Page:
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Formality & Register and Dialect

Formality and Register

  • Register - a variety of language appropriate to a particular purpose and context. Informal/formal register connected to context and purpose. - a link to authority & power?
  • Dependent on the field, the tenor, and the medium.
  • Field - the general purpose of an act of communication
  • Tenor - the relationship between the producer and reciever
  • Medium - e.g. written or spoken. Same as mode.


  • Dialect - the language variety of a geographical region or social background, revealed by a variation in lexical & grammatical terms.
  • Accent - the way words are pronounced according to geographical region.
  • Standard English - Dialect of English that carries a degree of prestige. Formal and universal. Stereotyping people who don't use SE.
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Specialist Registers and Colloquial Language & Sla

Specialist Registers

  • A set of lexical terms and grammatical constructions particular to an institution or occupational group. Could exclude those who are not members of the same discourse community.

Colloquial Language and Slang

  • Colloquialism - an established set of informal terms used in everyday language.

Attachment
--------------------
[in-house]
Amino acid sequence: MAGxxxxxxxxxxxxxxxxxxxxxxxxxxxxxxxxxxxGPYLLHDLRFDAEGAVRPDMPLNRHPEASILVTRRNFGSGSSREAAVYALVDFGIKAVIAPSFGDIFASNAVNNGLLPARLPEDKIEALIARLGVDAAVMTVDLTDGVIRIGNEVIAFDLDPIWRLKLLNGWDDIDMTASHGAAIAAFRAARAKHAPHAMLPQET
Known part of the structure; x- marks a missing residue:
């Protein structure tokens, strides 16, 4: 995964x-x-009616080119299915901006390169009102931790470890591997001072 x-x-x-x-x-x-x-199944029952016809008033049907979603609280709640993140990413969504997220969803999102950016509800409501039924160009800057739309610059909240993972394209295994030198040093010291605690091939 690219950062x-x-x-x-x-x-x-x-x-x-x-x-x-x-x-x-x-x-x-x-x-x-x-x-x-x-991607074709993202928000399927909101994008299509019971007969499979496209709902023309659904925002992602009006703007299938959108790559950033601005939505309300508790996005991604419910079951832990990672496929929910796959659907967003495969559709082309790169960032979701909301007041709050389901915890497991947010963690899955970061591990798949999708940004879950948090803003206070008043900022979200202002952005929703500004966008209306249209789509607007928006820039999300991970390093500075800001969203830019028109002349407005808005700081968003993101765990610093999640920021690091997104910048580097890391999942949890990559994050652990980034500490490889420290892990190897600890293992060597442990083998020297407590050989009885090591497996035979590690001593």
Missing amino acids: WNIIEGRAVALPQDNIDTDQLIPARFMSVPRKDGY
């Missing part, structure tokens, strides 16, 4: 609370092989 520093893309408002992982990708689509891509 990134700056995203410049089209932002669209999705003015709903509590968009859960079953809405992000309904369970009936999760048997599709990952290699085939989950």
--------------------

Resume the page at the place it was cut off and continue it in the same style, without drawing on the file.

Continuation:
• Slang - colloquial language this is inventive and particular to individuals or groups.
  • Jargon - Specialist terminology that may exclude others.
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Language Methods: Lexis/Semantics, Nouns & Verbs


  • What types of words does it use?
  • What are the relationships between them?
  • Lexis - the method that deals with the vocabulary system of a language.
  • Semantics - the method that deals with meaning and how that is generated within texts.
  • Textual Cohesion - the term used to describe how a text is logically structured to create a coherent sense of meaning.
  • Abstract nouns - States, feelings and concepts that have no physical existance e.g. pain, happiness.
  • Adjective - Add detail to nouns.
  • Verb - Shows actions, evens or states of being, feeling or thinking.
  • Adverb - Adds detail to verbs or other adverbs
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Lexical Cohesion and words that create cohesion

Lexical cohesion

  • Lexical choices can help create cohesion within a text. They could provide structure within the body of the text or across small stretches such as phrases and sentences.